The 10-day moving average of this indicator is 71% and the one-day reading is 75%.

Posted by:


There Will Always Be Trends

December 20, 2011

From Financial Advisor Kid:

If it’s not one thing, it’s another thing.  There will never be a shortage of trends!

Posted by:


What’s Hot…and Not

December 20, 2011

How different investments have done over the past 12 months, 6 months, and month.

1PowerShares DB Gold, 2iShares MSCI Emerging Markets ETF, 3iShares DJ U.S. Real Estate Index, 4iShares S&P Europe 350 Index, 5Green Haven Continuous Commodity Index, 6iBoxx High Yield Corporate Bond Fund, 7JP Morgan Emerging Markets Bond Fund, 8PowerShares DB US Dollar Index, 9iBoxx Investment Grade Corporate Bond Fund, 10PowerShares DB Oil, 11iShares Barclays 20+ Year Treasury Bond

Posted by:


When To Get Out

December 19, 2011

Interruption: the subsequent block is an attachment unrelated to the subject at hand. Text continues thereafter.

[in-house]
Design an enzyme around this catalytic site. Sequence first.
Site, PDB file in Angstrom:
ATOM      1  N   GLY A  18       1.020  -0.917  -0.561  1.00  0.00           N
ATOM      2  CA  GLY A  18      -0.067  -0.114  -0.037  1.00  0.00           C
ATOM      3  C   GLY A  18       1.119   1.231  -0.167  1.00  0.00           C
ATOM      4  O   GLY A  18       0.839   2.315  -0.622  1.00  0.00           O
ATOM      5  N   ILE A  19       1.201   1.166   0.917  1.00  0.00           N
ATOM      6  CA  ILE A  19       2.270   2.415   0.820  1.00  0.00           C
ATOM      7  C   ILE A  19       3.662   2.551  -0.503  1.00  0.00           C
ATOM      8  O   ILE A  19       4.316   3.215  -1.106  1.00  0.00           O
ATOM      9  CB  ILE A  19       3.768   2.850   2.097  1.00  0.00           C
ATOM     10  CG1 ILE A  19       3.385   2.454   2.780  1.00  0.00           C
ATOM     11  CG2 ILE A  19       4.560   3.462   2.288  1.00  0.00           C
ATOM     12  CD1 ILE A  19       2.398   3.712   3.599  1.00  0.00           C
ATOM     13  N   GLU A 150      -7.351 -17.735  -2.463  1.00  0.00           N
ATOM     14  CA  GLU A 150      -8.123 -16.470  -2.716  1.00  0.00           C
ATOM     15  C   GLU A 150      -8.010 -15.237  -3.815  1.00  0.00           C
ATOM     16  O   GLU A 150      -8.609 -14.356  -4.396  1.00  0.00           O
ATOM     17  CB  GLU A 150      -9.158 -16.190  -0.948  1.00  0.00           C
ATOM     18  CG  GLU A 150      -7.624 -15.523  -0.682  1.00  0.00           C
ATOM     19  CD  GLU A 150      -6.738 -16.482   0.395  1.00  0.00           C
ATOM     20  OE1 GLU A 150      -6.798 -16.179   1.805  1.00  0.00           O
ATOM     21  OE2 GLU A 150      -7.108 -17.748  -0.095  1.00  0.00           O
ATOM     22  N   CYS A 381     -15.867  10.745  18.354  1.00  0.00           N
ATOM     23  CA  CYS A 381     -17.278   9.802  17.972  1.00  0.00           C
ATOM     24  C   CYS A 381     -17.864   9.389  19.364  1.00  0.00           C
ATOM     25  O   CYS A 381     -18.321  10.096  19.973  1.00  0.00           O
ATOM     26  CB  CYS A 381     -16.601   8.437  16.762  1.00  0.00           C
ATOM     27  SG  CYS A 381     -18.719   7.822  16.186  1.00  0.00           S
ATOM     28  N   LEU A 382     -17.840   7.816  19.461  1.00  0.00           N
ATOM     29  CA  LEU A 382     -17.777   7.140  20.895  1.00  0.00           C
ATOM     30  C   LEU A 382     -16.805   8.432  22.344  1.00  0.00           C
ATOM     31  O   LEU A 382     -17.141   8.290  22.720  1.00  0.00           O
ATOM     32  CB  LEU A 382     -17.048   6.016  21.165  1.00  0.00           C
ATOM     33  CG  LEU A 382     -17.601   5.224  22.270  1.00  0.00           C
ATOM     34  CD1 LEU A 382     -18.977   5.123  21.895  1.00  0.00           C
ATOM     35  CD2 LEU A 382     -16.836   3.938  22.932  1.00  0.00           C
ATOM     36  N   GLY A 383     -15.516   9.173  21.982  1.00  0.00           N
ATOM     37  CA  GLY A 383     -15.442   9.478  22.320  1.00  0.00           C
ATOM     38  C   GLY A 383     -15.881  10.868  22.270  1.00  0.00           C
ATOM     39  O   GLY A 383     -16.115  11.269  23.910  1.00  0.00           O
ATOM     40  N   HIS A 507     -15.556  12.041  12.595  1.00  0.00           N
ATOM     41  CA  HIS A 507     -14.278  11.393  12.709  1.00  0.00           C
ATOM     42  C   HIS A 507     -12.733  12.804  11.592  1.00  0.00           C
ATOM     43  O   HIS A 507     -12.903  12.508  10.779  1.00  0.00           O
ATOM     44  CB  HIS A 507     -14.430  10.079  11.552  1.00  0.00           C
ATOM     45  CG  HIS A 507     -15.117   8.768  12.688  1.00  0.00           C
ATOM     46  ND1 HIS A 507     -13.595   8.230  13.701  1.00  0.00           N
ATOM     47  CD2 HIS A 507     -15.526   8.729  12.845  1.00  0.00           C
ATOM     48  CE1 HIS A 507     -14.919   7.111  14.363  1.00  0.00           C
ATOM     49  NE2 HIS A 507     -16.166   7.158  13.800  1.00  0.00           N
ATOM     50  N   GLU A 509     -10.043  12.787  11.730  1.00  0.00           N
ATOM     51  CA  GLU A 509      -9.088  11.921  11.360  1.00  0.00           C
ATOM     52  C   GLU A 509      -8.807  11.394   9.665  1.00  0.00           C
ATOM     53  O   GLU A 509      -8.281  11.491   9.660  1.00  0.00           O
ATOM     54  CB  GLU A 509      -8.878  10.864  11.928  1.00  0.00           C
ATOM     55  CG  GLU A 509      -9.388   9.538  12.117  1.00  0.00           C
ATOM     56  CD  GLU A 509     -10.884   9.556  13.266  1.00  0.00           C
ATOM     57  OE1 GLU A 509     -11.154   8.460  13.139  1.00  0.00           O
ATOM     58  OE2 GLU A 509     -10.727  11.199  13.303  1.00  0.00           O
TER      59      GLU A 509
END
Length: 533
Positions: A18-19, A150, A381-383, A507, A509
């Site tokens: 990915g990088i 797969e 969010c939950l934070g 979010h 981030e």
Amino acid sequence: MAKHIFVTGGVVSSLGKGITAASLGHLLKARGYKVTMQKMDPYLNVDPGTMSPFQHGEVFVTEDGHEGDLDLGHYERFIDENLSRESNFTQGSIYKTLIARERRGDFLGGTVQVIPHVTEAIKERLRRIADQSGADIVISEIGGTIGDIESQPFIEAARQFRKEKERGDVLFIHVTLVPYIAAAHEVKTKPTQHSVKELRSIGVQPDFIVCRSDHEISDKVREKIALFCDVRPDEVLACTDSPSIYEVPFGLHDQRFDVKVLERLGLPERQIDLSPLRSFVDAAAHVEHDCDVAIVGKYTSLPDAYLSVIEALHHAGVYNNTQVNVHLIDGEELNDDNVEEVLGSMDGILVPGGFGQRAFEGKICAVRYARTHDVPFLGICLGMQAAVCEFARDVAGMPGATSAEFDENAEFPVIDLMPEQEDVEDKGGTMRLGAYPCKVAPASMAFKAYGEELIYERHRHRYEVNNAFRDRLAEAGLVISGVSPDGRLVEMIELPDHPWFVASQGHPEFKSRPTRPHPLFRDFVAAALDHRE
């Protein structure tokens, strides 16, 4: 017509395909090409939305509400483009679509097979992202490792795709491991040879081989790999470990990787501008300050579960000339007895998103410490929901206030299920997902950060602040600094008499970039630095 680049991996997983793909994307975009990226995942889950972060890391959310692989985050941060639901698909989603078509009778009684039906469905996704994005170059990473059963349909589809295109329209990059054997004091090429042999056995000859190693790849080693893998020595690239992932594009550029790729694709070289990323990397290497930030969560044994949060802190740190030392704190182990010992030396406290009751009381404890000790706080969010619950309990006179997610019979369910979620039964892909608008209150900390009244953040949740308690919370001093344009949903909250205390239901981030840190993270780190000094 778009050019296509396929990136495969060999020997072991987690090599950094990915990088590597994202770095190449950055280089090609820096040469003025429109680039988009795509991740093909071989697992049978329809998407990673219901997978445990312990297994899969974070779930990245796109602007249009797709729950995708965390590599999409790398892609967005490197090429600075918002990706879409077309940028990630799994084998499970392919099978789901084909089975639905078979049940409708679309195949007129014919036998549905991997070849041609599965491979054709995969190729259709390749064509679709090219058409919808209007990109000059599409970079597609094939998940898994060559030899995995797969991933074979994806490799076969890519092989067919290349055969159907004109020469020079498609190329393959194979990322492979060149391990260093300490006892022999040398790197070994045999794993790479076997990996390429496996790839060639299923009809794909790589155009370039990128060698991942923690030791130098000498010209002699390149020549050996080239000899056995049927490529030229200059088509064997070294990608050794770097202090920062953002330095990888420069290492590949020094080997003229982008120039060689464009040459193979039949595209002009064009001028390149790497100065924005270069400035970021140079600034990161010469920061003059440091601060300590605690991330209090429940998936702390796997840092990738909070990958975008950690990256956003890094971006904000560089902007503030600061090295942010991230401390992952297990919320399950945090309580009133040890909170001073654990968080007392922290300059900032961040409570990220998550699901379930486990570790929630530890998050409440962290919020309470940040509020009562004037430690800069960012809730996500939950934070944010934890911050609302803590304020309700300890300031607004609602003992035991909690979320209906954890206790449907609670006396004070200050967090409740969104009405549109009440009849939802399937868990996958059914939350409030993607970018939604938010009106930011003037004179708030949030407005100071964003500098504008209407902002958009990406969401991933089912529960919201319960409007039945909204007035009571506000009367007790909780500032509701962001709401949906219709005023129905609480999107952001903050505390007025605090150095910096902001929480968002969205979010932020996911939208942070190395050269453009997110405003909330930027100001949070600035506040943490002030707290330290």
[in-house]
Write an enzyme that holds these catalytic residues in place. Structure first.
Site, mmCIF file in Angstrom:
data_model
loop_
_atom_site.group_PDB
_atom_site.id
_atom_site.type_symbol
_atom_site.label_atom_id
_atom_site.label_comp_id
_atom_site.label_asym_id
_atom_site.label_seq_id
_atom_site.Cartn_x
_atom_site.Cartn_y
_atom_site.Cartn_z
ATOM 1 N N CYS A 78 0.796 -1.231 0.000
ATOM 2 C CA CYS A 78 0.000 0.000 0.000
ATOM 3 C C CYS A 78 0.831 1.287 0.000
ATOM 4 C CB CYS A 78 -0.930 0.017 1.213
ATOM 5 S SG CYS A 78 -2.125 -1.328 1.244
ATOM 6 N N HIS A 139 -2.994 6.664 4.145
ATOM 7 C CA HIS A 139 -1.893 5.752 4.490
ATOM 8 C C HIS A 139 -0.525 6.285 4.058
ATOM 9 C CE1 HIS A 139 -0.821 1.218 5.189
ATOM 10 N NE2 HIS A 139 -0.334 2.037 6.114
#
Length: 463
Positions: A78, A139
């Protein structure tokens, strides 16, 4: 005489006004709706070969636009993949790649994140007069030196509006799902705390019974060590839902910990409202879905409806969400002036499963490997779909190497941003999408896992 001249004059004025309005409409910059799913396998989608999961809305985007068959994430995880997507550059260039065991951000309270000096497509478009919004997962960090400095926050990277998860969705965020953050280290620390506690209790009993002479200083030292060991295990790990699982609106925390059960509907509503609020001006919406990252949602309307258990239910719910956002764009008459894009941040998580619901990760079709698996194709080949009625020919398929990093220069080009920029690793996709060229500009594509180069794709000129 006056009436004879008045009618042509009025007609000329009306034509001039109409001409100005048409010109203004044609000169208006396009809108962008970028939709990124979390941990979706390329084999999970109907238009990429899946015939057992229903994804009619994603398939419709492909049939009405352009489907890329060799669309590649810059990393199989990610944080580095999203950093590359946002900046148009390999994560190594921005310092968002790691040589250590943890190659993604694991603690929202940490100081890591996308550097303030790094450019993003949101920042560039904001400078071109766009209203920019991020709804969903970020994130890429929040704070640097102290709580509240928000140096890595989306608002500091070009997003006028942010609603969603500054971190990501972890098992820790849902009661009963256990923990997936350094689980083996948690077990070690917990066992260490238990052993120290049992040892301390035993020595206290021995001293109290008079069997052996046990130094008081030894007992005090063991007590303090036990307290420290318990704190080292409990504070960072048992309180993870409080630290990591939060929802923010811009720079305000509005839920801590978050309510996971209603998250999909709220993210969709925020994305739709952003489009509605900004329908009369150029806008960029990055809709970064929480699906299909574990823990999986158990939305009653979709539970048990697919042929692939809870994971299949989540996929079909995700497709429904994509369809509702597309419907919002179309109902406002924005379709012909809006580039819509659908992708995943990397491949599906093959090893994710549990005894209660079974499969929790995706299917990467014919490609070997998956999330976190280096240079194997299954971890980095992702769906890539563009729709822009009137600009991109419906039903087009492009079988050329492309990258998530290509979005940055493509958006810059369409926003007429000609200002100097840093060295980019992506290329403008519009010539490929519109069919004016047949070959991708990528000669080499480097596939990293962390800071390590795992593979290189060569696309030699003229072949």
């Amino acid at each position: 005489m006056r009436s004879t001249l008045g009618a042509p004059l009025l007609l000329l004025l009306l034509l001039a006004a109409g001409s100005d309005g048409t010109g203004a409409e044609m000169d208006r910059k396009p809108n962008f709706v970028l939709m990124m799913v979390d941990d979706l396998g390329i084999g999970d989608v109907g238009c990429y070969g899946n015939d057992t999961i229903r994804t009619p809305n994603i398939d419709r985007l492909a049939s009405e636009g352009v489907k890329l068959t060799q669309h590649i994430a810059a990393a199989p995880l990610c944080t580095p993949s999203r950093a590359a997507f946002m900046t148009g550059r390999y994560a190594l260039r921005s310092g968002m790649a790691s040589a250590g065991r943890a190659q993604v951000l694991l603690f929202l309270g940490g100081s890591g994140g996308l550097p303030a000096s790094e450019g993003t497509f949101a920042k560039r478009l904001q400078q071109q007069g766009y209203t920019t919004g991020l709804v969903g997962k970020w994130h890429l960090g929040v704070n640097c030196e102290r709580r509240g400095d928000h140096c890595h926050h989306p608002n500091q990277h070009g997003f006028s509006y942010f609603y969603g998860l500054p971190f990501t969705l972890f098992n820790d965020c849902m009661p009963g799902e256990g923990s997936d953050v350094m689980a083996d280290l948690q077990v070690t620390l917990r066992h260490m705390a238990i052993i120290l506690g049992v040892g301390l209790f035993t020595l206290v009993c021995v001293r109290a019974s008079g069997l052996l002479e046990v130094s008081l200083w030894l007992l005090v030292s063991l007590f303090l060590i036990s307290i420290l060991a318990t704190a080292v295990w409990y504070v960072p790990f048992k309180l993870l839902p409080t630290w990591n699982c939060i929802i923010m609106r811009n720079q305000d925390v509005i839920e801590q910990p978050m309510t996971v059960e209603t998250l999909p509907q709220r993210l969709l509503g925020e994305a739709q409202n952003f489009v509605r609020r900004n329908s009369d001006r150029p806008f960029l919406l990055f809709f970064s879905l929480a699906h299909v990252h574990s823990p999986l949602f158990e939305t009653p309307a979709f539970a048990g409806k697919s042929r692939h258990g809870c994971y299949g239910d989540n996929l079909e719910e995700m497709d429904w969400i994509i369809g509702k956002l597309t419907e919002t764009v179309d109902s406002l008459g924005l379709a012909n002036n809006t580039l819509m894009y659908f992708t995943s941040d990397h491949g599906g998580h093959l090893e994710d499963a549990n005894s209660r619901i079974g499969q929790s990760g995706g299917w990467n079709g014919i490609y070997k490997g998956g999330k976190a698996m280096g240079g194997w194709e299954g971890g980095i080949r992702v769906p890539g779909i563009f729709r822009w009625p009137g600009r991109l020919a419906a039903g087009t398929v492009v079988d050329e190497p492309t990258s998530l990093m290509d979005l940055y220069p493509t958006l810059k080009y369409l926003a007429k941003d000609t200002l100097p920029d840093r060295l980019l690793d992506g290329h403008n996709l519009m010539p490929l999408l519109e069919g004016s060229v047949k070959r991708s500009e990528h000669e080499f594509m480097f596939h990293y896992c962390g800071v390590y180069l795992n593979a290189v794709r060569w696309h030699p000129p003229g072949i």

Any time a strong asset class goes through a short-term period of underperformance the question always comes up, “Is the trend over?”  This is generally when I pull out my crystal ball.  In reality, every trend follower must decide the sell criteria for each trade.  Will it be based on the trader’s discretion (not recommended), or based on some objective rule set?  Using relative strength rank stops is a topic that is covered in the white paper Relative Strength And Asset Class Rotation by John Lewis.  For the purposes of the white paper, relative strength ranks were used to determine when to get out of a given trade.  One of the most revealing results for the study is just how much different the results are over time by using different relative strength look-back periods for portfolio formation.  For example, if you use a 3-month look-back period for your relative strength factor, the results were very different over time than if you used a 6-, 9-, or 12-month look-back period.  In fact, the white paper detailed the results of using 1-, 2-, 3-, 9-, 12-, 18-, and 24-month look-back periods for portfolio formation.